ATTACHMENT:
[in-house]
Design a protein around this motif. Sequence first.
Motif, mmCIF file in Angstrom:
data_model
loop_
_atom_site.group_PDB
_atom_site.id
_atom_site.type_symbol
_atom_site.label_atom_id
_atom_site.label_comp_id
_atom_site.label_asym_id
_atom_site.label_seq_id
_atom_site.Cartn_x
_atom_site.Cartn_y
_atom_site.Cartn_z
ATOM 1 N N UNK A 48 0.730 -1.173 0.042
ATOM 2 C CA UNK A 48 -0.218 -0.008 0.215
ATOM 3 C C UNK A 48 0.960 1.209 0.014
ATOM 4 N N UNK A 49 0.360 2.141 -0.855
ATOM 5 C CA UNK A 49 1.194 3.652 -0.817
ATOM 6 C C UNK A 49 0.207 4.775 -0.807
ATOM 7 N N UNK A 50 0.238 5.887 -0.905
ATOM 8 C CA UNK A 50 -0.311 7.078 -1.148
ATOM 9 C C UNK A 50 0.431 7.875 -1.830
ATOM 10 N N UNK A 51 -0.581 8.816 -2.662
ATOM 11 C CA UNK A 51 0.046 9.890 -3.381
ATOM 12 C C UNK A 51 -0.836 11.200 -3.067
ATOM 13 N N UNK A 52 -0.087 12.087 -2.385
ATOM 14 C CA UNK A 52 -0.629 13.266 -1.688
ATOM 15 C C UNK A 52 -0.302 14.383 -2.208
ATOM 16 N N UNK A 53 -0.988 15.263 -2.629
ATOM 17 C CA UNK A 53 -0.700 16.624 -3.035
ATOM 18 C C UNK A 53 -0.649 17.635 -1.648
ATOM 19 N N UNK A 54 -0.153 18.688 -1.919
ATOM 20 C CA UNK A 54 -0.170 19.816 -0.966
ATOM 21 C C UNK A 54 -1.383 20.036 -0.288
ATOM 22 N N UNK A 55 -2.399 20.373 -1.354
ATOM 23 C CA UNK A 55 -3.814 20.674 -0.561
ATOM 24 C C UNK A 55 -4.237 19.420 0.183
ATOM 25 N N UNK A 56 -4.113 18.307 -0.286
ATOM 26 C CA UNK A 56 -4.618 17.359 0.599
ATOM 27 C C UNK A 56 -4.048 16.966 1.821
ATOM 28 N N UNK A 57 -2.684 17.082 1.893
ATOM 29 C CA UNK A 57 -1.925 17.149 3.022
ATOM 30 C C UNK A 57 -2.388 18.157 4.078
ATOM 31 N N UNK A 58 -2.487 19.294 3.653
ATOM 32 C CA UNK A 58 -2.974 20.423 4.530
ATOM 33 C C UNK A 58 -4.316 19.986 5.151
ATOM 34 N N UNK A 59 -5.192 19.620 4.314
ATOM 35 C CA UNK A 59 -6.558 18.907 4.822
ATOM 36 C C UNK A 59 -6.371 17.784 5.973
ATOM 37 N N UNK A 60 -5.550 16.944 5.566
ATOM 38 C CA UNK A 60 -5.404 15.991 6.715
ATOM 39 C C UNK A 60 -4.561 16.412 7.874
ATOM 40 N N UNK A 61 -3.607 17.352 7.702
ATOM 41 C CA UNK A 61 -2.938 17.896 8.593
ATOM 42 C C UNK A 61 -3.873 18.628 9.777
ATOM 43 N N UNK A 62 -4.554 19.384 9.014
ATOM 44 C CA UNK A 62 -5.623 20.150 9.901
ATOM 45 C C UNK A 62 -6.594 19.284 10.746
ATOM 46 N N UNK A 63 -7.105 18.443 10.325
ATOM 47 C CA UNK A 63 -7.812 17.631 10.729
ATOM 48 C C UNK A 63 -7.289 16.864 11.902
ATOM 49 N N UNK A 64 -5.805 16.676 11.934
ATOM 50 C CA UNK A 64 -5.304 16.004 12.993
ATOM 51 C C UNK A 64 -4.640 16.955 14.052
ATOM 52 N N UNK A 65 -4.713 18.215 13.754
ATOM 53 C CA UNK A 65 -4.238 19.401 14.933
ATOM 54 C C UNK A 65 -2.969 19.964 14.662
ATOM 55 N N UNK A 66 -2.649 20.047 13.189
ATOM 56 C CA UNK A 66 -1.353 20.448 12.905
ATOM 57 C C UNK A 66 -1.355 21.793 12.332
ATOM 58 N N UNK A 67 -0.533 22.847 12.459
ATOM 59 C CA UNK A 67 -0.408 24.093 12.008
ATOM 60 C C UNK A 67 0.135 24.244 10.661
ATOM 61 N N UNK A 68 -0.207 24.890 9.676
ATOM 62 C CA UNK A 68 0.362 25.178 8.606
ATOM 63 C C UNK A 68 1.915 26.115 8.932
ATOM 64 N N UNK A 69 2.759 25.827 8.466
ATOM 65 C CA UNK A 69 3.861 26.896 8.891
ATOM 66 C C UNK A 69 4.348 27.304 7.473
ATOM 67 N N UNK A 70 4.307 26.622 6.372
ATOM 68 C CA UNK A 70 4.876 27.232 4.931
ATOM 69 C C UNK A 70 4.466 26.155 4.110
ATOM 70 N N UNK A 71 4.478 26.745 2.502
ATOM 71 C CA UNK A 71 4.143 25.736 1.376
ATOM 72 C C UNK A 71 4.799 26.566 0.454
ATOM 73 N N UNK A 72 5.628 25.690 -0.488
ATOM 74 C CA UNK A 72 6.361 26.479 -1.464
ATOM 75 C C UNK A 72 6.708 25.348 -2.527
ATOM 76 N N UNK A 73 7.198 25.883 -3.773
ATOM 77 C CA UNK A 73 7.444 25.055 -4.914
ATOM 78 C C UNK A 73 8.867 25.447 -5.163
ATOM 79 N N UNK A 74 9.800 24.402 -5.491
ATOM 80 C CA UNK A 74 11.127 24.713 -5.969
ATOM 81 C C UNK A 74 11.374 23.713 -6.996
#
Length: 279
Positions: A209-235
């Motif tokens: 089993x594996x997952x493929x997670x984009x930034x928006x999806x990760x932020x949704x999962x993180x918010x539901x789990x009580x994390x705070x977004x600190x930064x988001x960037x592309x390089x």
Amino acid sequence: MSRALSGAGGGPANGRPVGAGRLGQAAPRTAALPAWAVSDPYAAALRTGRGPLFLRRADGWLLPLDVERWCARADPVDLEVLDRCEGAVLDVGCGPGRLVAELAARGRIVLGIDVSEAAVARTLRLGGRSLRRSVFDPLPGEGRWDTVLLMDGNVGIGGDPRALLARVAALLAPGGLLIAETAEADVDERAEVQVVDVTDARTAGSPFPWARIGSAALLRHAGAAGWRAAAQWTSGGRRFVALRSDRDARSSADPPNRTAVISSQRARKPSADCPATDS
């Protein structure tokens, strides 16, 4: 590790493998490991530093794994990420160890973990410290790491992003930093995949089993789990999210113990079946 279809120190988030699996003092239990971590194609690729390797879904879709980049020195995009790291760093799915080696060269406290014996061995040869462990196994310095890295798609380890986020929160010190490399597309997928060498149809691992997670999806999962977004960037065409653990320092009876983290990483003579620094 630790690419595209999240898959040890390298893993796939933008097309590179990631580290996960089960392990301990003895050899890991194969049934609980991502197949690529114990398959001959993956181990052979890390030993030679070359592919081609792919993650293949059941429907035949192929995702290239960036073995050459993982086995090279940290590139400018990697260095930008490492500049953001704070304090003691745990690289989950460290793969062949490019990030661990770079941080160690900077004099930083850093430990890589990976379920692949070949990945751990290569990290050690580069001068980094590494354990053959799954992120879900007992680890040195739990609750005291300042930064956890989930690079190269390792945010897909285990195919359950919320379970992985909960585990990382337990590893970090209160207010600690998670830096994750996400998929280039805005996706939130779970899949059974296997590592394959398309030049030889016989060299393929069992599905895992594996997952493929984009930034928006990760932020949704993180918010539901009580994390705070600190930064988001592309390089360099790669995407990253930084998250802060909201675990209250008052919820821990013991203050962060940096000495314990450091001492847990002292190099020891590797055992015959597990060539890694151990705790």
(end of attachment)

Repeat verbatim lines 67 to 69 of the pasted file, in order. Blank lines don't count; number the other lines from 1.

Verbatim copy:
ATOM 52 N N UNK A 65 -4.713 18.215 13.754
ATOM 53 C CA UNK A 65 -4.238 19.401 14.933
ATOM 54 C C UNK A 65 -2.969 19.964 14.662